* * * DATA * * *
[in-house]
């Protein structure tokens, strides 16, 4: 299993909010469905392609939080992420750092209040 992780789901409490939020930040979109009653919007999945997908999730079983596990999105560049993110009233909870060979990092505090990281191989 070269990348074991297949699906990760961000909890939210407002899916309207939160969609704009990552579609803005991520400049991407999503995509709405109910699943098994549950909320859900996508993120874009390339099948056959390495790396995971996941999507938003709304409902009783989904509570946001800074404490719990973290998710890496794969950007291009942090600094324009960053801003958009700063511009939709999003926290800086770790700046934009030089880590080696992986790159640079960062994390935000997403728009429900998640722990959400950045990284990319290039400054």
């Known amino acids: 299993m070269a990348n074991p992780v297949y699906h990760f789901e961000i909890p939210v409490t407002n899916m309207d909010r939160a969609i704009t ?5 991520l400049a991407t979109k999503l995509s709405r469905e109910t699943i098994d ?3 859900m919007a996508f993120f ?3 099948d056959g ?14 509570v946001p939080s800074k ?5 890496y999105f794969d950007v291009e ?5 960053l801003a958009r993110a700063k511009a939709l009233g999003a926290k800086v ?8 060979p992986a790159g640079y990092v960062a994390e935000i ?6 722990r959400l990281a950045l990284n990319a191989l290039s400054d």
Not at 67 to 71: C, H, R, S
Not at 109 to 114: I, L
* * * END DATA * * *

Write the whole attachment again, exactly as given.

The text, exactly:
[in-house]
């Protein structure tokens, strides 16, 4: 299993909010469905392609939080992420750092209040 992780789901409490939020930040979109009653919007999945997908999730079983596990999105560049993110009233909870060979990092505090990281191989 070269990348074991297949699906990760961000909890939210407002899916309207939160969609704009990552579609803005991520400049991407999503995509709405109910699943098994549950909320859900996508993120874009390339099948056959390495790396995971996941999507938003709304409902009783989904509570946001800074404490719990973290998710890496794969950007291009942090600094324009960053801003958009700063511009939709999003926290800086770790700046934009030089880590080696992986790159640079960062994390935000997403728009429900998640722990959400950045990284990319290039400054």
């Known amino acids: 299993m070269a990348n074991p992780v297949y699906h990760f789901e961000i909890p939210v409490t407002n899916m309207d909010r939160a969609i704009t ?5 991520l400049a991407t979109k999503l995509s709405r469905e109910t699943i098994d ?3 859900m919007a996508f993120f ?3 099948d056959g ?14 509570v946001p939080s800074k ?5 890496y999105f794969d950007v291009e ?5 960053l801003a958009r993110a700063k511009a939709l009233g999003a926290k800086v ?8 060979p992986a790159g640079y990092v960062a994390e935000i ?6 722990r959400l990281a950045l990284n990319a191989l290039s400054d």
Not at 67 to 71: C, H, R, S
Not at 109 to 114: I, L